We often hear “you have to start your business, you have the skills”, “I should make my box to be my own boss”, “I can’t stand the hierarchy anymore and I should start my own company.” must create’… Becoming your own boss has an obvious appeal. This is why a growing segment of the population is considering the possibility of taking the plunge, which is also relatively easy these days. However, one should not be tempted to start a business under any pretext.There are plenty of really bad reasons to get into entrepreneurship.If you put forward the reasons that will justify your desire to become an entrepreneur, it might be better for you to make your point reconsider.
Because you want money
Topping the list of bad reasons to get into entrepreneurship: money. Telling yourself that starting your business is definitely the most efficient and fastest way to make money is of course wrong, for three reasons:
- First of all, becoming an entrepreneur is by no means a guarantee of significant income, much less in the short term. On the contrary, chances are it will take you several years to earn a decent income.
- On the other hand, by stepping into this perspective you increase your chances of launching an unsuitable concept, product or service on the market. Refining your idea and determining a strategy takes time. The rush to start your business as soon as possible to make money will most likely make you miss certain preparatory steps for the establishment of the business, which are nevertheless essential.
- Finally, even if your idea was good in the beginning, your hunger for money will definitely make you bad choices in the development of the business. A good entrepreneur should be able to give up immediate income by adopting a long-term vision. This can be done, for example, by keeping an application free to increase the number of users and then generate revenue a second time.
Entrepreneurs’ successes are often the fruit of their passion, enthusiasm and perseverance. Having money as your main motivation when you start out is probably the most effective way to fail miserably in your business and find yourself in serious debt a few years later…
Because you have enough money
This reason may seem surprising to you, but it gives you almost as little chance of success as the first. If you think money makes you successful, you’ve hit a wall. When you start your business, you must be willing to roll up your sleeves and not just sign checks. Of course, if you have significant resources at the time of the start of the business, you will be in more favorable conditions, but this is by no means an absolute guarantee of success. To say to yourself, “I’ll start anyway, with the money I have, the chance that I will fail is almost nil” is a very bad calculation. There are so many things that go into running a business that money cannot buy. Having money is a good thing to start with, but it is by no means a sufficient reason. Once launched, there’s nowhere you can buy the passion, creativity, ingenuity, and resilience necessary for the success of your business.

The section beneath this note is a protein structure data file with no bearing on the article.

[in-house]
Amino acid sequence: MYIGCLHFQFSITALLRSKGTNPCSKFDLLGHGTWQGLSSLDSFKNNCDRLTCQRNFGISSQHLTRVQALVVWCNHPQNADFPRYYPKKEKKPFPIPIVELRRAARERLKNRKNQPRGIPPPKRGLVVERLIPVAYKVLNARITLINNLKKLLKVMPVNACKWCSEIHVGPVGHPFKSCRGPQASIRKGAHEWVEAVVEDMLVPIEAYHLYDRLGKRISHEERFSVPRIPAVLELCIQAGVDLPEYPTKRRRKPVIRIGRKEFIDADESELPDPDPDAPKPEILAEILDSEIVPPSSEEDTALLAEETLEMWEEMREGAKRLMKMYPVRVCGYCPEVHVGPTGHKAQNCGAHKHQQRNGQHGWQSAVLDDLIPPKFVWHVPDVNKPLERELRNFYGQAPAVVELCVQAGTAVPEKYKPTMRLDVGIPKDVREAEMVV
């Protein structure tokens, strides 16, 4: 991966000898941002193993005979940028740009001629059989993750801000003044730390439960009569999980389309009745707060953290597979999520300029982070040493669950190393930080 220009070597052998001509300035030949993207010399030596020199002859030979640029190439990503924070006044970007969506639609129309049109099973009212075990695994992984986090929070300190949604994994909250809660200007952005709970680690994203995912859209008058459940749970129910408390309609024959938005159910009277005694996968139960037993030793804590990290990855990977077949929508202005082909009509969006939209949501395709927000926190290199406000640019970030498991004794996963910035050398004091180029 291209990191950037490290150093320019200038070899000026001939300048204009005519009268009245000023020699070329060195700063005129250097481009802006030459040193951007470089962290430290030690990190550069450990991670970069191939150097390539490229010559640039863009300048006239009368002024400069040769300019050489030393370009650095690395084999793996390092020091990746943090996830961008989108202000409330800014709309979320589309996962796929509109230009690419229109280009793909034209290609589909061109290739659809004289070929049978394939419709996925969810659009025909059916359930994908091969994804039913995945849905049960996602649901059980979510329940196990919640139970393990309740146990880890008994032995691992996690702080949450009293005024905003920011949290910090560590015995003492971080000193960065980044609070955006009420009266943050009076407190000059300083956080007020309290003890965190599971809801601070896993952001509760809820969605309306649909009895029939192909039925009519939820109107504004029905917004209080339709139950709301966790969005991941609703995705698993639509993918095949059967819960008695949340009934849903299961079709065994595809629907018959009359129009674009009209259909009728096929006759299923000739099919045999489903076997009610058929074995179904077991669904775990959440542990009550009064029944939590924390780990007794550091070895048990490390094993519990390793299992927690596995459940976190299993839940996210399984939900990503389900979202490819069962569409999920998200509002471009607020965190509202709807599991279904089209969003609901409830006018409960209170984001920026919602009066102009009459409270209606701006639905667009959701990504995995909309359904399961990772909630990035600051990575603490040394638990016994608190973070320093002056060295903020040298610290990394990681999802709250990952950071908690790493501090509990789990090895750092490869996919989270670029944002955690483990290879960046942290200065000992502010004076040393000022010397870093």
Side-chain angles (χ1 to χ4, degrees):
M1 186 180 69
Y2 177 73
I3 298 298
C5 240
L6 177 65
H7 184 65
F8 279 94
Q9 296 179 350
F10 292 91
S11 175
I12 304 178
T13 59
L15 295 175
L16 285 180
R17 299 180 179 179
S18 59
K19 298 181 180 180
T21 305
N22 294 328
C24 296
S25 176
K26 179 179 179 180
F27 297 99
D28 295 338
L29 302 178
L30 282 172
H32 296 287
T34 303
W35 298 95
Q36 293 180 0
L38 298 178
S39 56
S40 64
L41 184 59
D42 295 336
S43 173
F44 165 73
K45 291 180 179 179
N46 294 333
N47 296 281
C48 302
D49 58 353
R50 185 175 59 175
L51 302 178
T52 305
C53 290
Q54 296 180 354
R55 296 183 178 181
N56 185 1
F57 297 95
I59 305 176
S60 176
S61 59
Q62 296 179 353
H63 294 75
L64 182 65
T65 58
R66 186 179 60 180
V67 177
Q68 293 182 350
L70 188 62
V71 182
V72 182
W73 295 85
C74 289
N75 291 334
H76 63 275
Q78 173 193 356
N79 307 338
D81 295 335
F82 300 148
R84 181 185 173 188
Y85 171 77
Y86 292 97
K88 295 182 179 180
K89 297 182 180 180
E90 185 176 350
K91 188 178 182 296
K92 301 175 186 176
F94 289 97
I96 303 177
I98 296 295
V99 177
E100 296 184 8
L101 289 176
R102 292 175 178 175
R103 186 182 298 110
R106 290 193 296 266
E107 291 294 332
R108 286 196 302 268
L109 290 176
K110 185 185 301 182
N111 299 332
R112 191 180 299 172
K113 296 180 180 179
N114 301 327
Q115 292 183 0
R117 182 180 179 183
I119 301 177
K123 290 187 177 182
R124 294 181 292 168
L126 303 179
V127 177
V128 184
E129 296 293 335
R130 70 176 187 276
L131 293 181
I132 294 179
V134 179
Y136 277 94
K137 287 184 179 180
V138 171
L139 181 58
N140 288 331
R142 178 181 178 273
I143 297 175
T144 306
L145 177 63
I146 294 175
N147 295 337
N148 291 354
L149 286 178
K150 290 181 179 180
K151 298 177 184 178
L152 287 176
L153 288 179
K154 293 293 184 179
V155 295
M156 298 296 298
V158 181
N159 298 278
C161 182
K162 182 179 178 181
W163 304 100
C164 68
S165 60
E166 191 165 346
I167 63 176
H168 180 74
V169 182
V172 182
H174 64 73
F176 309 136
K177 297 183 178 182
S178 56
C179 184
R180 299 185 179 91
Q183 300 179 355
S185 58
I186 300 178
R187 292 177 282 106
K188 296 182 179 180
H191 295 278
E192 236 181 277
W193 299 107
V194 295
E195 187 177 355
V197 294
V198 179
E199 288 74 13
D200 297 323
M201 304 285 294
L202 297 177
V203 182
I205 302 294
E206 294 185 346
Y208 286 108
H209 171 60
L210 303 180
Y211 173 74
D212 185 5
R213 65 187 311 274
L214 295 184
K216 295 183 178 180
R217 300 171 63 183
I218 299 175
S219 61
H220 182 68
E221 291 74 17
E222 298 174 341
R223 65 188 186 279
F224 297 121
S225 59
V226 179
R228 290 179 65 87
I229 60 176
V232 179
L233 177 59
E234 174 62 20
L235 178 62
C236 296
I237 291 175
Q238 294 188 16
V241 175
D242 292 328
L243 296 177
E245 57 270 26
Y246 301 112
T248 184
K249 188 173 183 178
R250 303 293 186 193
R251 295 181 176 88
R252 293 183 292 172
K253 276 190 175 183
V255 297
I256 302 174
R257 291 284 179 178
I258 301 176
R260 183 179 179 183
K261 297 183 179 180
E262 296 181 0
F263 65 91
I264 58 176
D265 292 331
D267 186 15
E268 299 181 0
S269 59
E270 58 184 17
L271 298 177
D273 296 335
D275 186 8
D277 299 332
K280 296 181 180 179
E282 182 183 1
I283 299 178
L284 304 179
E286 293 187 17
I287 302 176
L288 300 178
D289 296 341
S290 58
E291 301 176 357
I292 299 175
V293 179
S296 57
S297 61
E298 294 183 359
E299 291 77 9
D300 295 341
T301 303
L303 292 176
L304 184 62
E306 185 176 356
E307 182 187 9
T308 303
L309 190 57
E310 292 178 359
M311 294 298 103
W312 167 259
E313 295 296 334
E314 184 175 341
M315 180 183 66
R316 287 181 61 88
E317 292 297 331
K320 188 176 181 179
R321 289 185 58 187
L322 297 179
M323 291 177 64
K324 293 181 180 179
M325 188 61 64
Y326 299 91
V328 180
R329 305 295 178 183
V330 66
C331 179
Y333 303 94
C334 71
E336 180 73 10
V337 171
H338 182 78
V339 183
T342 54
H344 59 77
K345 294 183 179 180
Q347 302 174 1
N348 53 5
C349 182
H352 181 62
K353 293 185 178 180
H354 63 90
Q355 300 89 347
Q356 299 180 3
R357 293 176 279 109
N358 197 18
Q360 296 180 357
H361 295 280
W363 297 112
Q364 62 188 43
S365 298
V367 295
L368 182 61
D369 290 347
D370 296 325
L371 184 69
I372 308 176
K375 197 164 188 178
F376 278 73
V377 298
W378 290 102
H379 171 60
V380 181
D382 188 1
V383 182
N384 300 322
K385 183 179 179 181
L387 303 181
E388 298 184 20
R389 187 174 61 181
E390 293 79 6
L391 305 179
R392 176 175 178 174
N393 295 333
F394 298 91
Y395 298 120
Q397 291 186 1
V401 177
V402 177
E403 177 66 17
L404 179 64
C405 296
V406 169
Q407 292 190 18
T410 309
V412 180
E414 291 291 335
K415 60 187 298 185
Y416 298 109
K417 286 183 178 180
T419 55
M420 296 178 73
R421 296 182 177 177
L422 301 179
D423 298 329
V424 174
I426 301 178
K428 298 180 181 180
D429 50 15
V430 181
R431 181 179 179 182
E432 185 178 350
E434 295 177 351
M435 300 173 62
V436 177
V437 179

Because you want to have time for yourself
Another very bad reason to become an entrepreneur: wanting to have time for yourself. Again, if this is your primary motivation, you can quickly become disillusioned. The ability to no longer have to get up early, have a flexible and ultimately sparse schedule is, of course, a very encouraging prospect. Unfortunately, it’s not really compatible with entrepreneurship (exceptions, of course). In most cases, the entrepreneur has to get up early, but also often goes to bed late and works on weekends. He remains constantly alert and open to opportunities to improve the company. There are certainly entrepreneurs who take it easy, and have been doing so since the company was founded, but they are of course the exception.
Because others do
Whatever environment you live in, the chance that you know entrepreneurs from near or far is enormous. You might think that this phenomenon does not exist, but still, some people try to start their business just because they know someone who has done the same. It seems absurd, yet many entrepreneurs (with a volatile career) are born this way. Even if the entrepreneurs you know shower you with advice, nothing says you too will be successful. It is a lengthy process that enables the entrepreneur to manage his business. He begins to think about the possibility of starting a company, he comes up with an idea, he refines it, he trains himself, he discovers… and after a while he launches himself. When you see someone succeed, it’s not easy to visualize the steps leading up to their success. Don’t listen to the “you have to start too” if entrepreneurship is not a deep and thoughtful desire. Being proud for a week and being able to say to everyone, “I started my business, it’s good” won’t help you if you wreck the same business a few months later.